Category: Writing

Posts dealing with writing.

Do you have a sell sheet for your book?

So what is a sell sheet?

A sell sheet is a concise, one-page document that is really more like a flyer or brochure than a press release. It provides all the details about your book on one piece of paper. Use it to market and promote your book to retailers, wholesalers, and even consumers.

Basically, a sell sheet is a cover letter for your book. You will sometimes hear it referred to as an info sheet, fact sheet, dealer sheet, or pub sheet. A sell sheet provides the necessary information about your book that any reviewer, bookseller, or other potential big buyer needs to know to enter your bool into their system and potentially include in future orders.

You can create your own sell sheet using Word, Google Docs, or Pages. You can also use a graphic design program to create a fancier version. I figured for the first time, and to learn what a sell sheet entailed, I would order one for Montagnard through Bowker. Bowker offers many such services at what I have learned are pretty darn affordable prices. I think Bowker is an invaluable resource to a new author, especially if you are self-published.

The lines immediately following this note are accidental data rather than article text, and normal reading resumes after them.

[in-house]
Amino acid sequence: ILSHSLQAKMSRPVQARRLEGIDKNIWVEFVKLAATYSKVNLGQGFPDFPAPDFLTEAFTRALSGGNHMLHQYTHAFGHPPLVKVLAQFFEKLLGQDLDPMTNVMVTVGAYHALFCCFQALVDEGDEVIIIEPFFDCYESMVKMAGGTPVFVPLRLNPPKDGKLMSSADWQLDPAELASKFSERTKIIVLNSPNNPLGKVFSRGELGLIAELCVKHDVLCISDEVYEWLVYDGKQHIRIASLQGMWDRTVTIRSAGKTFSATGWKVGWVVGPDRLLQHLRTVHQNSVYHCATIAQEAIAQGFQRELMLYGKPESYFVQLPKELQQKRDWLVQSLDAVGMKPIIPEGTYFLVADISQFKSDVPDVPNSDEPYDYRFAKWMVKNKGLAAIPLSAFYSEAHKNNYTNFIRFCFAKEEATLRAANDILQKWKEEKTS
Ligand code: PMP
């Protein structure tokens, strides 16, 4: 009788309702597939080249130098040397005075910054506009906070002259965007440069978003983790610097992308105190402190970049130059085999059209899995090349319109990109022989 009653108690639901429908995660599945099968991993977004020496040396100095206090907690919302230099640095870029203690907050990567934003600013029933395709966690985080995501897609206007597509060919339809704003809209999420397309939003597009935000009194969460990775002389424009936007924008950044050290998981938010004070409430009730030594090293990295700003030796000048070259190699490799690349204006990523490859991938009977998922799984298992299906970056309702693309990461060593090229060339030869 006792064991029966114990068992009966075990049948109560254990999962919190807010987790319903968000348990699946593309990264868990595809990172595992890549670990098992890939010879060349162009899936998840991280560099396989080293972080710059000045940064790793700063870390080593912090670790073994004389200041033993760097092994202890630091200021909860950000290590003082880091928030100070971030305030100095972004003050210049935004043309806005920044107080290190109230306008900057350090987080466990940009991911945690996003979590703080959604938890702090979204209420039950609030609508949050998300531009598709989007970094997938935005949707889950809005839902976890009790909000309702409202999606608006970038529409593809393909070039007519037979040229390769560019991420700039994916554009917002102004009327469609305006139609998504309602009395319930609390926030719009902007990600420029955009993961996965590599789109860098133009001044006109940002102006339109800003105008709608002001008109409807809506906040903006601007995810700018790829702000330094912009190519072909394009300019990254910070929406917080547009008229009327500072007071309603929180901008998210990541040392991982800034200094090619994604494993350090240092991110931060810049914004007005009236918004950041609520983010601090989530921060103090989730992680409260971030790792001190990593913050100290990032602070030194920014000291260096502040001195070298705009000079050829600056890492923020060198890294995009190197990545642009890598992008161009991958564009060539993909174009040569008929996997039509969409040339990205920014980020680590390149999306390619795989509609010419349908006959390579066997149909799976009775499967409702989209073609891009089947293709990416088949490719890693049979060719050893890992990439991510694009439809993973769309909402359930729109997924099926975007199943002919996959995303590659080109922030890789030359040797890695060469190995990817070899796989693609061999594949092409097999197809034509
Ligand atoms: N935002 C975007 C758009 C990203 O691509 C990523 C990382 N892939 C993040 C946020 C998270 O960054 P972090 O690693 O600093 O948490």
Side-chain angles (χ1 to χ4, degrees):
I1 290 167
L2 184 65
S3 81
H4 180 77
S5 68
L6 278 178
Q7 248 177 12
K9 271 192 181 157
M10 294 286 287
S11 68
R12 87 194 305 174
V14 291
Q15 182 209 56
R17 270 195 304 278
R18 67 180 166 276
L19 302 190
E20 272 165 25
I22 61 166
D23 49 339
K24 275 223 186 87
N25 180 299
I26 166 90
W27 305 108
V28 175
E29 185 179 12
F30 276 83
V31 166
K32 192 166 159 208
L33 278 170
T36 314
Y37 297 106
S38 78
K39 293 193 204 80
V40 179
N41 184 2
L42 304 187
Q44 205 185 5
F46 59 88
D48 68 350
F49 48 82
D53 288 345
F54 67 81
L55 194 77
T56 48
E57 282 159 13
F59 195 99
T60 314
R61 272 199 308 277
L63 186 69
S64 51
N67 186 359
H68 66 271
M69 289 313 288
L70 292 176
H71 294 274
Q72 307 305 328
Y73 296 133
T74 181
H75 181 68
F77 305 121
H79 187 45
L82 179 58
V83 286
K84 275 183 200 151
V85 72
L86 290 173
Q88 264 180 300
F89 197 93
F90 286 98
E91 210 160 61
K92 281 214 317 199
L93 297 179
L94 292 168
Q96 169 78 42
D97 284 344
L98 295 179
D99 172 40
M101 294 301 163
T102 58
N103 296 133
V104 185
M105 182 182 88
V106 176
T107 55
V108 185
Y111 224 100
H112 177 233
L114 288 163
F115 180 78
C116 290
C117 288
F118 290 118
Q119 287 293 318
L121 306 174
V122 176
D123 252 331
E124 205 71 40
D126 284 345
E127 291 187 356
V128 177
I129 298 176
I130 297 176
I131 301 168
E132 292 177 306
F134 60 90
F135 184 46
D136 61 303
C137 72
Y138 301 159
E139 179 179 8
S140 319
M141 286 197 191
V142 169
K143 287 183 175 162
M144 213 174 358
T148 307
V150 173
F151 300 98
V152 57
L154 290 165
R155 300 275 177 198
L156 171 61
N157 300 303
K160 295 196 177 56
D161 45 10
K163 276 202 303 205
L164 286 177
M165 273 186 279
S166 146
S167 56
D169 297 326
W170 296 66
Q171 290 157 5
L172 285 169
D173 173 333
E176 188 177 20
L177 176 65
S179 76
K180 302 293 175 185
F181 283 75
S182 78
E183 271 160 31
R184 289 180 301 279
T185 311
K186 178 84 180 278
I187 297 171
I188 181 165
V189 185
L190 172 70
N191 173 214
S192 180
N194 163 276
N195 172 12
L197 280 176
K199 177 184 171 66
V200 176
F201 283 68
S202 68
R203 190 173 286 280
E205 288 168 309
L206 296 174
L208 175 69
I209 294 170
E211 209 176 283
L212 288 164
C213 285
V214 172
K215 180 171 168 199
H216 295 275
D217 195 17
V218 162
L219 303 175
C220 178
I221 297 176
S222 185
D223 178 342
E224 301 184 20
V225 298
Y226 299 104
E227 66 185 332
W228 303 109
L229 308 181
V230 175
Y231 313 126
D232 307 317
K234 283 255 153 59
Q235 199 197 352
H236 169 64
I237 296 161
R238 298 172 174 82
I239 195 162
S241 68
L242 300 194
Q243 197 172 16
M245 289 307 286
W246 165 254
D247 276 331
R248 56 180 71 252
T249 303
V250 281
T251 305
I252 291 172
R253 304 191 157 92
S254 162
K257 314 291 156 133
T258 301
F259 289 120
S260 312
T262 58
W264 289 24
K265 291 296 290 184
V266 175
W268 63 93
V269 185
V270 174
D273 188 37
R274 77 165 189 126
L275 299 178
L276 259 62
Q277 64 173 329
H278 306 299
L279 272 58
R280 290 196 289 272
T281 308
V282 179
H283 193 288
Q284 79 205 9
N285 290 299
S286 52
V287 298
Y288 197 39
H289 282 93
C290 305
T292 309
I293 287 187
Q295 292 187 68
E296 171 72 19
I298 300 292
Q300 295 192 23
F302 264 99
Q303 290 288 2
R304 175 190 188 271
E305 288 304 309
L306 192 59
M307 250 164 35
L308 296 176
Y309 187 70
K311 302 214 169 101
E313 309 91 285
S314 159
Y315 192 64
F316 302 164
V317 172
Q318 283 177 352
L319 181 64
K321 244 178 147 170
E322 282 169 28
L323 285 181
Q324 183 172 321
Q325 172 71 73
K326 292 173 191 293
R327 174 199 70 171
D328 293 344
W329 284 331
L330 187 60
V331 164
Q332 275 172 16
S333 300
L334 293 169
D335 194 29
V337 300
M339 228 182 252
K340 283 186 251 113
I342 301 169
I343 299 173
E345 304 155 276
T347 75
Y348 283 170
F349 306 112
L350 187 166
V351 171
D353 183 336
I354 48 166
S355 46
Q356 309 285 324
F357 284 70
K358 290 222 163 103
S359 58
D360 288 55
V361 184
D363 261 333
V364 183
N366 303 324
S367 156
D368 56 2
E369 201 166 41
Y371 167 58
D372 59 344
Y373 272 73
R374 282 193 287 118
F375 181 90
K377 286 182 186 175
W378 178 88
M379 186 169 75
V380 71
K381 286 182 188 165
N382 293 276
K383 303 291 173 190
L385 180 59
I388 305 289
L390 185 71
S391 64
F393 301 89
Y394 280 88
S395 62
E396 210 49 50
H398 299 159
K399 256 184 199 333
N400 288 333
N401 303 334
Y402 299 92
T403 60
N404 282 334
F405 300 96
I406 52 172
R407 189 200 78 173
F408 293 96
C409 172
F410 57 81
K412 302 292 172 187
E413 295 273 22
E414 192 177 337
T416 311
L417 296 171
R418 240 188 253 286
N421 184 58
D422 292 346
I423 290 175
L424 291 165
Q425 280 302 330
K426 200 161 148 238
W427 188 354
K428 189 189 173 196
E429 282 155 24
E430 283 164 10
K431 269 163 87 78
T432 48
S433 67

What I got for my money …

Once I ordered my Sell Sheet from Bowker (the price was $99), I filled out a questionnaire and then was connected to Bella at Smith Publicity, who took a look at my project and introduced me to Marissa. Marissa is the designer who created the actual sell sheet for me.

It takes about two weeks to receive the first draft of your sell sheet. Two rounds of editing if needed and included in the $99 price tag. After consulting with an advisor, I decided I did not need any editing done.

I did, however, contact Marissa when I received the great review from Titan Literary, and she was happy to incorporate that into the sell sheet as well.